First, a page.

Michael Slager Shooting Unarmed Black Man In The Back In South Carolina
WASHINGTON — A white police officer in North Charleston, S.C., was charged with murder on Tuesday after a video surfaced showing him shooting in the back and killing an apparently unarmed black man while the man ran away.
The officer, Michael T. Slager, 33, said he had feared for his life because the man had taken his stun gun in a scuffle after a traffic stop on Saturday. A video, however, shows the officer firing eight times as the man, Walter L. Scott, 50, fled. The North Charleston mayor announced the state charges at a news conference Tuesday evening.North Charleston Police Officer Michael T. Slager, 33, can be seen shooting 50-year-old Walter Scott after a confrontation on Saturday, according to The Post and Courier. Slager chases Scott and shoots at him eight times in the video recorded by a passerby and obtained by The New York Times.Scott died there, though it wasn't clear if he died immediately.Slager reportedly told investigators that Scott had taken his Taser, giving the officer reason to fear for his life. Footage shows Slager saying, “Shots fired and the subject is down. He took my Taser.” Scott does not appear to be carrying a weapon of any kind in the video while fleeing from Slager. The video also shows Slager stooping to pick up an object near the scene of the original scuffle, and later tossing an object from his belt near Scott’s body.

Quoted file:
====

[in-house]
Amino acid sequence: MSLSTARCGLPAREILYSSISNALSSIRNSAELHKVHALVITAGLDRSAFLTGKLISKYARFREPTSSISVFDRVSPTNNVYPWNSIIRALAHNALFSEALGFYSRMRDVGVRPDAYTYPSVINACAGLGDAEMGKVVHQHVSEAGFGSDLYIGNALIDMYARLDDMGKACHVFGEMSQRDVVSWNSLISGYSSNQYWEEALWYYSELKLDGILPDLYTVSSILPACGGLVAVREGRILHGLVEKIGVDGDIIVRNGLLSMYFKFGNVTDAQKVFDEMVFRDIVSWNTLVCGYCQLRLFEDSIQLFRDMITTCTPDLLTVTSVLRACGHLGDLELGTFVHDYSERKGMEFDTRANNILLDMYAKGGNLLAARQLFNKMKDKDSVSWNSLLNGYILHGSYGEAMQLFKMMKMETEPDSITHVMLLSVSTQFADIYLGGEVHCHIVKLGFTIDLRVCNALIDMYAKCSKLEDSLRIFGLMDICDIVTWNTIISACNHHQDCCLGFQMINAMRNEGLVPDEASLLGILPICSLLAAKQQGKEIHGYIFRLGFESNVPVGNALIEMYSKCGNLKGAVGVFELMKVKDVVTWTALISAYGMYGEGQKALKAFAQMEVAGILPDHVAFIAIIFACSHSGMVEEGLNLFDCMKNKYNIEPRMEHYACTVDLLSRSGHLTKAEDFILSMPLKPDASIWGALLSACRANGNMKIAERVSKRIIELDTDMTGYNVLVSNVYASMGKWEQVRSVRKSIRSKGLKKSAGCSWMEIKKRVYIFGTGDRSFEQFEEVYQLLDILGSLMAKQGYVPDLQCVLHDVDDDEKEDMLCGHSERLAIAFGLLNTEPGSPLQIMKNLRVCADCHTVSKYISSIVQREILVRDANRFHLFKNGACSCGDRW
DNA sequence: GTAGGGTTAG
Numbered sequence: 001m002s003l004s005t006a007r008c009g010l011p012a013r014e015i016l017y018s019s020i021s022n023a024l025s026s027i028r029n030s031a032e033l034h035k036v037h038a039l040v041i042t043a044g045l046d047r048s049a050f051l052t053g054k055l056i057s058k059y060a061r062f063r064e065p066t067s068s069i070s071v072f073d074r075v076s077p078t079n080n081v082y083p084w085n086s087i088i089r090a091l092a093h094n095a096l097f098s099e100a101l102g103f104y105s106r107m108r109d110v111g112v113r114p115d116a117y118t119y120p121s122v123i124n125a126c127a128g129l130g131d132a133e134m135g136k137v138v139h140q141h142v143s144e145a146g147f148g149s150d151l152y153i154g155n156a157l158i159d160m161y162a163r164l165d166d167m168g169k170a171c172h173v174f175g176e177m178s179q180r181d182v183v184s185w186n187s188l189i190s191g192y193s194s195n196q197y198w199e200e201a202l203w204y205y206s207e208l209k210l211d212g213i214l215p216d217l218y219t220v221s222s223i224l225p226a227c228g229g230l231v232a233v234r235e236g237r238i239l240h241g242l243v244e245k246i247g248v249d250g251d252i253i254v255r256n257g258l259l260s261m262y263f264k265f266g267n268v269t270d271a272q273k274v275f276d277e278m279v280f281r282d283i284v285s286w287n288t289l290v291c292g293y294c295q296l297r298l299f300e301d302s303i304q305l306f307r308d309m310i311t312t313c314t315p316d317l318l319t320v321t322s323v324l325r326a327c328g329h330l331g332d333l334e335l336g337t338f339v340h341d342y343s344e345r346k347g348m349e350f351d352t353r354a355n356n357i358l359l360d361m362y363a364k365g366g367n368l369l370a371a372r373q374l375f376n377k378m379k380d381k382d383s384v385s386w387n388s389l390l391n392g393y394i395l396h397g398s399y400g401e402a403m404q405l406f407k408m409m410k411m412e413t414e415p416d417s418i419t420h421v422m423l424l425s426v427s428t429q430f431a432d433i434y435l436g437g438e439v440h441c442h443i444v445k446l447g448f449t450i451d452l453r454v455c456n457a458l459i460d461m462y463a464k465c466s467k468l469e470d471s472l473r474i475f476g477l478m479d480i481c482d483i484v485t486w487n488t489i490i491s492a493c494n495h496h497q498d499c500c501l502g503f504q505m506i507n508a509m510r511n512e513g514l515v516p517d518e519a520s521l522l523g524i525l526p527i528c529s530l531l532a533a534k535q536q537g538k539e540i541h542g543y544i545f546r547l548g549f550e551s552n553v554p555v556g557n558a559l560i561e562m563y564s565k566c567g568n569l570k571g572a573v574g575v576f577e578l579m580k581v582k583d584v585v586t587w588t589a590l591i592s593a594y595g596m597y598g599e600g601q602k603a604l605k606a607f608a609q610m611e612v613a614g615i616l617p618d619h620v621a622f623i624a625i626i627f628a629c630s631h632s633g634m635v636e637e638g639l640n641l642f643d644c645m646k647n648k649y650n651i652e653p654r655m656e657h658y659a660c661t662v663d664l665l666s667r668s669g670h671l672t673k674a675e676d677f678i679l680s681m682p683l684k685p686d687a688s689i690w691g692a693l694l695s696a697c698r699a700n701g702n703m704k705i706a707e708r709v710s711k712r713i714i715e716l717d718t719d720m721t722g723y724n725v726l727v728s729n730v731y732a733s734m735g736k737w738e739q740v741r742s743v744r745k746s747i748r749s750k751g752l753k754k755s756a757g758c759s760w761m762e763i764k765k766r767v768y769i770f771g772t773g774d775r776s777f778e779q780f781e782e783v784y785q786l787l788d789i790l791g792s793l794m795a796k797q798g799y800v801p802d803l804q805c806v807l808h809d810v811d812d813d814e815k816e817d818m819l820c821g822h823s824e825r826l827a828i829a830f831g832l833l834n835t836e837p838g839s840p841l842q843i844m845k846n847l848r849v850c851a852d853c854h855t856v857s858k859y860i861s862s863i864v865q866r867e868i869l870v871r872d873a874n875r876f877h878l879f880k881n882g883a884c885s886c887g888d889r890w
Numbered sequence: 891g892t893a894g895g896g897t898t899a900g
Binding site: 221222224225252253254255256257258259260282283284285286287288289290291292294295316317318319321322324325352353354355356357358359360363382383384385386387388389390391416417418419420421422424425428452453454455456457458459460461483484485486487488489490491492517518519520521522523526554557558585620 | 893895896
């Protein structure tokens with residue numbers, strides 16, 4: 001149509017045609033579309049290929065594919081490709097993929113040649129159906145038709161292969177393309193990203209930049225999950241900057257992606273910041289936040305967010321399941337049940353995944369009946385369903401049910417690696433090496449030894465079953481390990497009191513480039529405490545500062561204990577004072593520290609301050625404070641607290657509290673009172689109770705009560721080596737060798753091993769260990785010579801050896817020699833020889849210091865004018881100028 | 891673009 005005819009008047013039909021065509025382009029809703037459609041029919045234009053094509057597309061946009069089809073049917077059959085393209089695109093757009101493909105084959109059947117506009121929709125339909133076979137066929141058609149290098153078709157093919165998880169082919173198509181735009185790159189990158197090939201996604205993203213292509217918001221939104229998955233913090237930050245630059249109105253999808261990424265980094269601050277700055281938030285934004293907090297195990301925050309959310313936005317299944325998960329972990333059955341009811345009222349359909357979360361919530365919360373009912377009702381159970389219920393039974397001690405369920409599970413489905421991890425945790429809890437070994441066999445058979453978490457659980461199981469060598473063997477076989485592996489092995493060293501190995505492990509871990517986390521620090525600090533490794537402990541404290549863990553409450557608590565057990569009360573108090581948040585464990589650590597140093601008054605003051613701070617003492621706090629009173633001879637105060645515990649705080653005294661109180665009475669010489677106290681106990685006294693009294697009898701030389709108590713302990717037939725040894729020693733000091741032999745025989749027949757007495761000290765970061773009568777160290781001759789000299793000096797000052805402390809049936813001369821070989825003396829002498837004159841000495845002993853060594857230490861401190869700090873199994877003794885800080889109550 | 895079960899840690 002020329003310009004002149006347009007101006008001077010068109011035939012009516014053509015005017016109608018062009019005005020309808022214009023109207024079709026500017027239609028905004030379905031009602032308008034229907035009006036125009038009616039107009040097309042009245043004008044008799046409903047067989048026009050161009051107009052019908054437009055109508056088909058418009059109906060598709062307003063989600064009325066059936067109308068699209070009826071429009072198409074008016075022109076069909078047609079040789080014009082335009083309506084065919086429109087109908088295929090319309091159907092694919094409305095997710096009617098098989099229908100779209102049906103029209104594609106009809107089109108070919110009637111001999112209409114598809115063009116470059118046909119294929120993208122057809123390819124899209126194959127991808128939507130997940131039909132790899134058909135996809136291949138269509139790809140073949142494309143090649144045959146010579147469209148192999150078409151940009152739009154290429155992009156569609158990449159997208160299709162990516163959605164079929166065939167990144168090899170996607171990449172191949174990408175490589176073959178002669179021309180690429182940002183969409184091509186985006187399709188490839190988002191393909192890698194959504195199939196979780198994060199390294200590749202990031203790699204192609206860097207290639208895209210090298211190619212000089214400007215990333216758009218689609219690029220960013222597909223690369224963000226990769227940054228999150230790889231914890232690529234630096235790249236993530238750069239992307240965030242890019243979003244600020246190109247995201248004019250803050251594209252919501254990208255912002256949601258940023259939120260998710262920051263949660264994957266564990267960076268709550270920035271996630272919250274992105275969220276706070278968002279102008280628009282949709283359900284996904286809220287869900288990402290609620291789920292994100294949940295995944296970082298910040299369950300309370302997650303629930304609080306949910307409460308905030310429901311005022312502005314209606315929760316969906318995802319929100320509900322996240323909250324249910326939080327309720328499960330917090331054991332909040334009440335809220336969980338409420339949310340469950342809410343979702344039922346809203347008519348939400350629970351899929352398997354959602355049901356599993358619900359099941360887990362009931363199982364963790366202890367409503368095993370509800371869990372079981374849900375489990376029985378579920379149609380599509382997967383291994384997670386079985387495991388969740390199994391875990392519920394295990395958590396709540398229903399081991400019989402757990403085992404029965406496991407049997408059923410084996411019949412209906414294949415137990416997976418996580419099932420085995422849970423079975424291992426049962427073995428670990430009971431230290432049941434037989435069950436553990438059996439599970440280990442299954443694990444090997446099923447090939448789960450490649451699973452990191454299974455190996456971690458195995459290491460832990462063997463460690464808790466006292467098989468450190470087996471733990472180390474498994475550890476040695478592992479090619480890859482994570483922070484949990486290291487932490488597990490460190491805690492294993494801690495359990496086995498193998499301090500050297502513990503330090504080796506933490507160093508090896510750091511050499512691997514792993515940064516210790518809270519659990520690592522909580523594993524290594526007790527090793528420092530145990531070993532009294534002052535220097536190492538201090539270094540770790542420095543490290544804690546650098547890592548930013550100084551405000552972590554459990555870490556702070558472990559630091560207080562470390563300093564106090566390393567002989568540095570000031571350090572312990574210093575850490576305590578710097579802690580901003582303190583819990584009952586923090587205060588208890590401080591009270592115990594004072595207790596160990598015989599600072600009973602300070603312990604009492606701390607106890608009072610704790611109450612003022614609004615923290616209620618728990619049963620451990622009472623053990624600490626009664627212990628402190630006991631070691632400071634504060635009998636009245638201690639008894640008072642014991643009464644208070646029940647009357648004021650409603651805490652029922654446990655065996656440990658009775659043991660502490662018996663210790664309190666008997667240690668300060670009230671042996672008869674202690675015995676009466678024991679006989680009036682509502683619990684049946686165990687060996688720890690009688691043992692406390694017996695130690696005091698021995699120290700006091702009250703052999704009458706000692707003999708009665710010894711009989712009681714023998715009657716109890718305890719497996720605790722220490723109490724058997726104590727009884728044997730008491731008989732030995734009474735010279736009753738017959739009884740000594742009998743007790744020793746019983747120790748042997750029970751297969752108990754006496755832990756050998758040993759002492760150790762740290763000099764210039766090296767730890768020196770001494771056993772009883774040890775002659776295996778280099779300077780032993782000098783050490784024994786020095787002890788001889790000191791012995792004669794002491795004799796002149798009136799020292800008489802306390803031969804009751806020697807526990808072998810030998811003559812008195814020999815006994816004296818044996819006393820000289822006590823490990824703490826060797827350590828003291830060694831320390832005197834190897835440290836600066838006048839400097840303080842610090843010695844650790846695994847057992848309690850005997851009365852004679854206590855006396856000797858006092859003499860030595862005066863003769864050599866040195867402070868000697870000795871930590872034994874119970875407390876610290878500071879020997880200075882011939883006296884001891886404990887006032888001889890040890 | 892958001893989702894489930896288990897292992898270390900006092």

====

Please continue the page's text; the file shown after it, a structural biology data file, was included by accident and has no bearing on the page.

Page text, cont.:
Scott joins the list of unarmed black Americans whose deaths at the hands of police were recently documented on camera. In New York, bystanders filmed the death of Eric Garner, who repeatedly shouted, “I can’t breathe,” as multiple NYPD officers placed him in a chokehold during an arrest for allegedly selling loose cigarettes. Grainy footage from a nearby surveillance camera captured the death of Tamir Rice, a 12-year-old who was shot by Cleveland police in November while playing with a toy gun in a local park. A Staten Island jury declined to bring charges against NYPD Officer Daniel Pantaleo for Garner’s death in December. Rice’s death remains under investigation.
South Carolina has also seen its own share of policing controversies.